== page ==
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Walking with purpose in the same direction

Ruby Baker – March 2, 2014: shot and killed in her home on Parker Avenue.

Bryant O’Neil Jacobs – April 30, 2016: shot outside a residence on McGlohon Street. He died six days later in an area hospital.

Lakiesha Sutton – Aug. 3, 2016: shot and killed in the parking lot of Murphy Express on Memorial Drive.

Keon Tyvelle Harrell – Sept. 5, 2016: shot and killed in the parking lot of McDonalds on Memorial Drive.

Reco Larone Lewis – June 23, 2018: shot and killed outside of an apartment at Kennedy Court.

Dwight Nathaniel Saunders – July 13, 2018: shot and killed while exiting a residence on Church Street.

Six murders over a span of a little more than four years. Six lives that ended in brutal fashion in the blink of an eye. Six families left grieving. A small town left puzzled and bewildered over a startling rise in violent crime.

Four of the previously mentioned murders remain unsolved (Baker, Jacobs, Harrell, and Lewis). The loved ones they left behind are perhaps more traumatized by that fact, not knowing who is responsible for pulling the trigger that ended their family member’s life. In an effort to gain some level of closure, those survivors deserve to have their questions answered….the biggest of which is why did it have to happen.

Deep inside my heart I believe there are people who possess information that could lead to the arrest and conviction of those responsible for Ahoskie’s unsolved murders. What I have trouble wrapping my head around is why they choose to keep that information to themselves. Do they fear for their lives if they share what they know to the local police? Or is it a case that they just don’t care?

Over the course of my newspaper career I’ve faced the grim task of reporting on murders, deadly fires, and fatal accidents. On each and every occasion my heart breaks for those who just lost a loved one to a tragic event, but I proceed with the task at hand because it’s part of my job.

Up until the murder of Mr. Saunders, I’ve never covered a murder where the victim was still at the scene. I arrived roughly 10 minutes after it reportedly occurred…watching, with mouth gaped open, as members of Hertford County EMS took turns performing CPR on the victim.

I took a photo of the Ahoskie Police sealing off the area with crime scene tape. In the background was the body of Mr. Saunders, covered by a white sheet.

So, why did I choose to publish that photo, as so many have angrily asked, especially on Facebook, since it appeared in our Saturday, July 14 edition? Am I a cold and insensitive person?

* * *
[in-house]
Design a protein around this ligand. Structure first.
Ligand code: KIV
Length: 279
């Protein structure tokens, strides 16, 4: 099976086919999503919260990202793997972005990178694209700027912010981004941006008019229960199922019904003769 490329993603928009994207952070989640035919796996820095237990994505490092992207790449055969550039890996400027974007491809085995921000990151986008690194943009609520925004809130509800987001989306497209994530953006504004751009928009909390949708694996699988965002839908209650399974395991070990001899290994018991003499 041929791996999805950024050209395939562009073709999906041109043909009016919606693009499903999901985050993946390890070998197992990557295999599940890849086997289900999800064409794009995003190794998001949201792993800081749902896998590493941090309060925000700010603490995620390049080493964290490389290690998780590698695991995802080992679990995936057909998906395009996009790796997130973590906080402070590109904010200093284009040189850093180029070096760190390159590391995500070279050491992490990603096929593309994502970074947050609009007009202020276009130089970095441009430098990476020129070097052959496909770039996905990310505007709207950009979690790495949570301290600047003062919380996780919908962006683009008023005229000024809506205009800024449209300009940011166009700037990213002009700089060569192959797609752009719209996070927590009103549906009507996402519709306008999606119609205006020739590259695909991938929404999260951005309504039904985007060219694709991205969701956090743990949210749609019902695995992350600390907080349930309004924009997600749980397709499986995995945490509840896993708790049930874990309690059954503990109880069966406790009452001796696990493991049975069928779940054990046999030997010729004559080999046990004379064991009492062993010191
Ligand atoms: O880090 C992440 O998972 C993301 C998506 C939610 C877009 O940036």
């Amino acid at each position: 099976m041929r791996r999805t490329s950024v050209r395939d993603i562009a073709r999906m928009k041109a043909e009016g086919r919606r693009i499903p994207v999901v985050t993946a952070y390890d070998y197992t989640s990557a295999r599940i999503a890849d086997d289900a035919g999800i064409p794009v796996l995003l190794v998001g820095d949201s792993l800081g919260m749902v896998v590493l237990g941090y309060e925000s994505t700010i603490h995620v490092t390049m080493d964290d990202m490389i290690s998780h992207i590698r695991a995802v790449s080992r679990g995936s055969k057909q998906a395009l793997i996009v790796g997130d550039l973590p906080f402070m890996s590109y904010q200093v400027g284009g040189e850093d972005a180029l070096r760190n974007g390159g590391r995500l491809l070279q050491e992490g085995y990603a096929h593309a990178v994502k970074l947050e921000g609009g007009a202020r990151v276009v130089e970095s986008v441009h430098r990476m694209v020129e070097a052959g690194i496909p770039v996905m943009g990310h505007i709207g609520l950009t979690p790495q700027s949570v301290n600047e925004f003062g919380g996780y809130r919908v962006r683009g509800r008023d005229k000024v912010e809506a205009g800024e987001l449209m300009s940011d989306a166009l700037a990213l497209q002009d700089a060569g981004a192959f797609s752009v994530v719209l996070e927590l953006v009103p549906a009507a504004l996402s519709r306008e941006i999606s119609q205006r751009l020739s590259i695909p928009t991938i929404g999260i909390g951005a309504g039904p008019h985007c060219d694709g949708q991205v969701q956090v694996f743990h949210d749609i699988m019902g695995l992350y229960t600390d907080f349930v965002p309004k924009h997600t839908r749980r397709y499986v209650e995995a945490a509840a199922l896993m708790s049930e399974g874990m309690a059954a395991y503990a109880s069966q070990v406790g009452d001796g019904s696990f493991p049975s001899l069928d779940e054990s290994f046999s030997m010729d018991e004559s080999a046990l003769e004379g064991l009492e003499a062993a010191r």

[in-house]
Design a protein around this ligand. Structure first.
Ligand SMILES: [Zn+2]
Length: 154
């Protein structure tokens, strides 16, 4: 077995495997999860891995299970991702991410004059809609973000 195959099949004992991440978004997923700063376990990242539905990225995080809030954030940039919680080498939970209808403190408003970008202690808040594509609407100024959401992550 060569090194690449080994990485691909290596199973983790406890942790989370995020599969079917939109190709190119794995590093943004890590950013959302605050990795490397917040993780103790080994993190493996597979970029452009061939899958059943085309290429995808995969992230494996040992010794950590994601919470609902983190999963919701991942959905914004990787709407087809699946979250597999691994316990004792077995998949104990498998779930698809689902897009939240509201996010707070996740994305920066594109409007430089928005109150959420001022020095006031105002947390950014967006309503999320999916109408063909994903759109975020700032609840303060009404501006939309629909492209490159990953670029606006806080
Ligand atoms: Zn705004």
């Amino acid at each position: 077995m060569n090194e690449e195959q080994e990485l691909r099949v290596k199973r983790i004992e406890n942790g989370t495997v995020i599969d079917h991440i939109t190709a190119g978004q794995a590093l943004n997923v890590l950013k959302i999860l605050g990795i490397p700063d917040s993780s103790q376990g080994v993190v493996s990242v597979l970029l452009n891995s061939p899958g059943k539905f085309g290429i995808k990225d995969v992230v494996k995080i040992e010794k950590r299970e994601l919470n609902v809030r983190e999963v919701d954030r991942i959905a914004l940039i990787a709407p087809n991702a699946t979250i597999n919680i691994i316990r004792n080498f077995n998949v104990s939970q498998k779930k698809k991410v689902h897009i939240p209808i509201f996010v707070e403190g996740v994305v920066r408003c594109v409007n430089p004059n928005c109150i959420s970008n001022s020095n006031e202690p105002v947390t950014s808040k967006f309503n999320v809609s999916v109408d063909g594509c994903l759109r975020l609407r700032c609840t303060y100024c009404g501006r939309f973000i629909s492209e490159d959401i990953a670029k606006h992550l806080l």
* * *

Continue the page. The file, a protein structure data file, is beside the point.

At the time it was published, no one had been formally charged in that case. My mind was numbed by the fact of Ahoskie having another senseless murder to deal with. My mind was filled with the names of Ruby Baker, Bryant Jacobs, Keon Harrell, and Reco Lewis. Four lives ended; four families crying out for answers. The Saunders family could have been the fifth family seeking justice.

The photo was not published in an effort to sell newspapers nor to disrespect the Saunders family, but rather for the shock and disbelief of this type of violent crime was happening again in this town. It was published in an effort to stir the minds and open the lips of those whom I believed had become too complacent, too immune to this string of homicides.

Based on the outrage, the photo did strike a nerve. For those it offended, we published an apology in our next edition. However, it did serve its intended purpose as people are now engaging in positive discussion, among themselves and with local law enforcement.

That fact was evident at this past Friday’s anti-violence march in Ahoskie. Families and friends of the latest two murder victims embraced each other and the police. Even I had a chance to meet the mother of Mr. Saunders face to face where we had an extremely reflective and healthy conversation.

We all have join hands and walk in the same direction with the same purpose if we’re to put an end to this senseless violence. That needs to begin immediately as to avoid another tragedy.

 

Cal Bryant is the Editor of Roanoke-Chowan Publications. Contact him at cal.bryant@r-cnews.com or 252-332-7207.

About Cal Bryant

Cal Bryant, a 40-year veteran of the newspaper industry, serves as the Editor at Roanoke-Chowan Publications, publishers of the Roanoke-Chowan News-Herald, Gates County Index, and Front Porch Living magazine.

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